EDUCATION – 6

Oct 26
The government will write family names first when using the Roman alphabet for Japanese names on official documents from Jan. 1, the education minister said Friday. (Japan Times)

Oct 26
A record 2,829,416 foreign people were registered as residents at the end of June as more and more technical interns and workers enter Japan amid a severe labor shortage, government data showed Friday. (Japan Times)

Oct 26
Japanese Bonsai Trees have been a part of Japanese culture for over 1000 years going back to the Heian Era. Today, we’ll visit the Omiya Bonsai Art Museum 大宮盆栽美術館 in Saitama to see some amazing tree! One in particular is a 1000 year old Ezo Spruce that has a lot of personality. (ONLY in JAPAN)

Oct 24
Fukuoka Prefectural Police have arrested a staff member at a kindergarten in Munakata City over the alleged abuse of a male pupil earlier this year, reports Kyodo News (Oct. 21). (tokyoreporter.com)

Oct 24
The number of foreign students who changed their visa status to work in Japan after graduating from universities or vocational schools hit a record high in 2018, immigration authorities said Wednesday, amid a chronic manpower shortage in the nation. (Japan Times)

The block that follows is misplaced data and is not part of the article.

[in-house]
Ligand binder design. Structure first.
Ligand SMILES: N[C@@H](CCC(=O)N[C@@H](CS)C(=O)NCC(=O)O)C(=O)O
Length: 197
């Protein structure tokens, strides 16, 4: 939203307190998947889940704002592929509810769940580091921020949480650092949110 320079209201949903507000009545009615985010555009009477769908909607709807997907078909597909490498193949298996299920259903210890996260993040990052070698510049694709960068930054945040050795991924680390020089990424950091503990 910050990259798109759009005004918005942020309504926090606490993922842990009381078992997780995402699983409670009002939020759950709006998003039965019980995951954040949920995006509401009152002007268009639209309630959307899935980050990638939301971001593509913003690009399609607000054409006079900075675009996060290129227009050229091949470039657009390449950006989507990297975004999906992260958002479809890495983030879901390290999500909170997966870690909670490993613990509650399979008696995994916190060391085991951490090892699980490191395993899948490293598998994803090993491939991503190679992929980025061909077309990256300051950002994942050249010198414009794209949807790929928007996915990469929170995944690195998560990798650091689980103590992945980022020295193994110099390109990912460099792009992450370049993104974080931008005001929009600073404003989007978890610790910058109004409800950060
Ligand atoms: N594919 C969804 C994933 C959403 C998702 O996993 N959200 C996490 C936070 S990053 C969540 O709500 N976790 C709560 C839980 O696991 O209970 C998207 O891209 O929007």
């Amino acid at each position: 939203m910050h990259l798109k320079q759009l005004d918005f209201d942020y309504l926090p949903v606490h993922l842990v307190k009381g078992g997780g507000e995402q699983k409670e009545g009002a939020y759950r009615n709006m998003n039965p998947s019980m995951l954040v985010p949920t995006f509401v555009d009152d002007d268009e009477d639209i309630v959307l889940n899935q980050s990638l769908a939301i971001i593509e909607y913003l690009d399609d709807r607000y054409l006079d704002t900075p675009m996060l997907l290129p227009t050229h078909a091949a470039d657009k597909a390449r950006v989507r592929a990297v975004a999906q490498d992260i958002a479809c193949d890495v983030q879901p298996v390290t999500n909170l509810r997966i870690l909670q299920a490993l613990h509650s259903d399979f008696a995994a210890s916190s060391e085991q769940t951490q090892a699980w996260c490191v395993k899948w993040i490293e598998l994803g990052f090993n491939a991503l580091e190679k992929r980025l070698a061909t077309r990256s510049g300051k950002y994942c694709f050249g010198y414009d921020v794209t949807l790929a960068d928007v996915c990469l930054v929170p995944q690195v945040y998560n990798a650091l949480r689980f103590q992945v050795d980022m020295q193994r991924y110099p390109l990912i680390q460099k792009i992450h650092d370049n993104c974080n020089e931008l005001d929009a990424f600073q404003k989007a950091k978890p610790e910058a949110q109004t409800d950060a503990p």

Oct 20
Bullying cases reported at schools across Japan totaled 543,933 in fiscal 2018, up 31.3 percent from a year earlier and the highest level on record, according to an education ministry survey released Thursday. (Japan Times)

Oct 18
Japanese commercial banks have been snapping up zero-coupon debt issued by a state-backed scholarship body in the latest twist in the the Bank of Japan’s negative rate campaign where no-interest loans can be a good deal for lenders. (Nikkei)

Oct 18
Japan’s education ministry says 332 school children committed suicide in the year through March, the highest number since records began in 1988.
(NHK)

Oct 18
The U.S. Marine Corps on Thursday acknowledged an error in the identity of a second Marine pictured lifting the American flag over Iwo Jima in one of the most iconic photographs of World War II. (Japan Times)

Oct 17
With a rapidly aging and declining population, human capital is one of Japan’s most precious resources. Yet despite Japan’s need to draw on every individual in the workforce, there is a section of the population whose potential is being overlooked: children in poverty. (Nikkei)